Cedar Bluff State Park

Quick Facts

Cedar Bluff State Park


(785) 726-3212

Map Directions

Things To Do


Construction of Cedar Bluff Reservoir began in April of 1949 with the intention of providing flood control, irrigation and recreation. The reservoir was completed in 1951 and filled that same year. This Bureau of Reclamation owned reservoir, which is managed by the Department of Wildlife and Parks, quickly became a popular recreational destination. The reservoir and surrounding public lands provided many opportunities that had previously been non-existant to this region. In 1962, Cedar Bluff State Park was developed to accomodate the public by providing outdoor recreational facilities and activities. Cedar Bluff State Park continues to thrive today. Annual visitation is consistently over the 250,000 mark.

Just 13 miles south of Interstate 70, you will find Cedar Bluff State Park. The park straddles Cedar Bluff Reservoir: the Bluffton Area on the north shore, and the Page Creek Area on the south shore. Camping, boating, outdoor sports, wildlife viewing, and other opportunities are available in the park. Together with a unique look into Kansas' history, the many activities available at Cedar Bluff make it a quality destination.

Map of Cedar Bluff (KS)

Latitude, Longitude: 38.767684, -99.770316



  • Boating

    Six boat ramps and two courtesy docks are located on the reservoir. A no wake policy is enforced near boat ramps and at the west end of the reservoir.

  • Bicycling

    Constructed in 2004, a BMX track at the Bluffton area is open for more extreme bicycle enthusiasts.

  • Camping

    Campers are encouraged to use the State Park where modern and primitive camping sites and rental cabins are available the year round. Camping on the Wildlife Area is primitive and limited to six designated areas. These areas have no fees for camping. Cedar Bluff State Park offers three styles of rental cabins, each with its own, unique atmosphere. All cabins are available year-round.

  • Fishing

    Walleye, bass, crappie, wiper and catfish can be caught in the reservoir. Creel limits are in effect for all fish with the exception of White Bass. Walleye must be a minimum of 18 inches while largemouth, smallmouth and spotted bass must be at least fifteen inches. An accessible fishing dock and two fish cleaning stations are located in the park.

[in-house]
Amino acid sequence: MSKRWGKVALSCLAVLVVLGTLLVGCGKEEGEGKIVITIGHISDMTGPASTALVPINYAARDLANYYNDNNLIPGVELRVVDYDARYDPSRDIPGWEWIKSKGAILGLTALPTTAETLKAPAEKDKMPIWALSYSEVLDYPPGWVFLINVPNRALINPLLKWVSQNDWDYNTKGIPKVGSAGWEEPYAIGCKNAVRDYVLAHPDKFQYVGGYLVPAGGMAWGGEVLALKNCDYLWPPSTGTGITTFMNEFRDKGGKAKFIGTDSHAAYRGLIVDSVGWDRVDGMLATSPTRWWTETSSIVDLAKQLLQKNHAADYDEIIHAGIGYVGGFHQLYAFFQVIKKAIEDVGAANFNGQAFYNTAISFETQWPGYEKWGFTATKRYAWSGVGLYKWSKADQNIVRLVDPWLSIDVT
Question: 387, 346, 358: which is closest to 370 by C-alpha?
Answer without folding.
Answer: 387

• Hiking

    Cedar Bluff has one five mile hiking trail for visitors to enjoy.

  • Historic Sites

    Threshing Machine Canyon, the site of an 1867 Indian attack on a wagon train bearing a threshing machine, is accessed by a road west of the park. In the historic canyon, you will find carvings dating back to the mid-1800s.

  • Hunting

    Public hunting areas are limited in Kansas, so demand is high. Management continually seeks to enhance hunting quality. In the past archery and firearm hunters have recorded one of the highest big game public land success rates. Most deer are whitetails with a few mule deer on the area. Turkey numbers are low. Pheasant populations fluctuate with the most hunting pressure during the season opener. Diverse habitats with grass, crops, weeds produce the best results. Quail numbers vary. Additionally, doves are plentiful until cold weather moves in. Geese and ducks use the area during migration, numbers vary with habitat conditions. Most goose hunting occurs when the geese leave the area to feed.

  • Picnicking

    Four shelters are availible at the Bluffton side of the reservoir. All camping areas have picnic tables open for use.

  • RVing

    Sites with electricity and sewage are availible in the state park. Three dumpstations are also offered to visitors with trailers or RVs.

  • Water Sports

    Swimming and jet skiing can be enjoyed at the park.



The park is located in Trego County, 13 miles south of I-70 off exit 135 on Highway 147.

Phone Numbers


(785) 726-3212